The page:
When it came to developing robotic healthcare assistants for New Zealand's elderly population, researchers at The University of Auckland saw fit to include that demographic in a study to gauge the attitude of those who would be on the receiving end of a robot's care.
According to Dr Bruce MacDonald, head of the research group, "designers must first understand older people's attitudes and expectations of robots before they can be accepted."
The study, which was conducted at Selwyn Retirement Village in Pt. Chevalier asked residents, their families and staff for their input on what robots should be expected to do and even what they thought the mechanized assistants should look like.
The responses from each group reflected their perceived needs and expectations.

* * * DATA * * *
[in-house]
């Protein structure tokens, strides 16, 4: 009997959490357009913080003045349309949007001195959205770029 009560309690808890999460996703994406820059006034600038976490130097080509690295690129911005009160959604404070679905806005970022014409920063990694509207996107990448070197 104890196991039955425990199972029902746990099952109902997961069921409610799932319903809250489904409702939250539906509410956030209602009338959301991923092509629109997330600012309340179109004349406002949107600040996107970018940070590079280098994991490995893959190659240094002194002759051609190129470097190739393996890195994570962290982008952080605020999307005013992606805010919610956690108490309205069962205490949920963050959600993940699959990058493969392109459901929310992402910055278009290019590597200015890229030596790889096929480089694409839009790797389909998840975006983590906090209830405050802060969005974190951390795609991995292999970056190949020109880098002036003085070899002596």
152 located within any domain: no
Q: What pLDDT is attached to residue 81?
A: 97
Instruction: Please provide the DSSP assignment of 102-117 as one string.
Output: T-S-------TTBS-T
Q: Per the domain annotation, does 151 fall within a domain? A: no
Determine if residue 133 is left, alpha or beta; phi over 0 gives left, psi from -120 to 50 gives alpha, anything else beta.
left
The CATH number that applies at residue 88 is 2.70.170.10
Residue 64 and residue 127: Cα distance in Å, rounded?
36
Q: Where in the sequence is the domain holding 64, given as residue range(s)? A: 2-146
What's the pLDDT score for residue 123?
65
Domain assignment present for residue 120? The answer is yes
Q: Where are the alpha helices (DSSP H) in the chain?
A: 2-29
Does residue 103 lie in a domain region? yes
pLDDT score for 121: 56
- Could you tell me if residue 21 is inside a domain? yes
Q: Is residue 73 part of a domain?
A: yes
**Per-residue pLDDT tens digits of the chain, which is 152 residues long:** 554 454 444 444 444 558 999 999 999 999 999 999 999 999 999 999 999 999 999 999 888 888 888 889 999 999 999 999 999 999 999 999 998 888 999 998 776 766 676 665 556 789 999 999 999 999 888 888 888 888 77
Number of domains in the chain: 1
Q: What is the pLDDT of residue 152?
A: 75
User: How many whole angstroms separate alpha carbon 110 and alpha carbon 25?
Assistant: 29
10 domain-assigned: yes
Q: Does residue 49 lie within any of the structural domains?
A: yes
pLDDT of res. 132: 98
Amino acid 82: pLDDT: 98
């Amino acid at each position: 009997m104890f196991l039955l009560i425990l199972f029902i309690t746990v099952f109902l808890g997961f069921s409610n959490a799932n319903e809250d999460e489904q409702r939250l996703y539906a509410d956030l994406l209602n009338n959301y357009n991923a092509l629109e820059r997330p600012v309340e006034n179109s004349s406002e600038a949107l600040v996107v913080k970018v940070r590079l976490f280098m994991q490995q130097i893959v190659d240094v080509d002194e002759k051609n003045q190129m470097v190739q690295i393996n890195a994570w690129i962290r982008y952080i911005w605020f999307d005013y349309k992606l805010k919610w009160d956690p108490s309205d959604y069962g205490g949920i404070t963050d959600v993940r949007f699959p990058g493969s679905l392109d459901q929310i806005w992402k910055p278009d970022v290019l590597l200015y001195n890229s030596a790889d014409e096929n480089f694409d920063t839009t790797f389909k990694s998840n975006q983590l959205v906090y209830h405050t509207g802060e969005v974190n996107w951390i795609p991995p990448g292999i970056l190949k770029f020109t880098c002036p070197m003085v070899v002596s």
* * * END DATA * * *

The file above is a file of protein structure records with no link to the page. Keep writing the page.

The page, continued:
According to a release from The University of Auckland, residents would most like robots to assist with detecting falls, calling for help, switching on and off appliances, cleaning, making phone calls to a doctor or nurse, and reminding them to take their medications.
Residence staff ranked such tasks as measuring vital signs, general reminders, and locking the house at night as useful for robotic assistants.
As for how the healthcare robot should look? The preference was for a middle-aged robot with a clear voice, but the robot should not be too human-like. There was no preference for either a male or female form.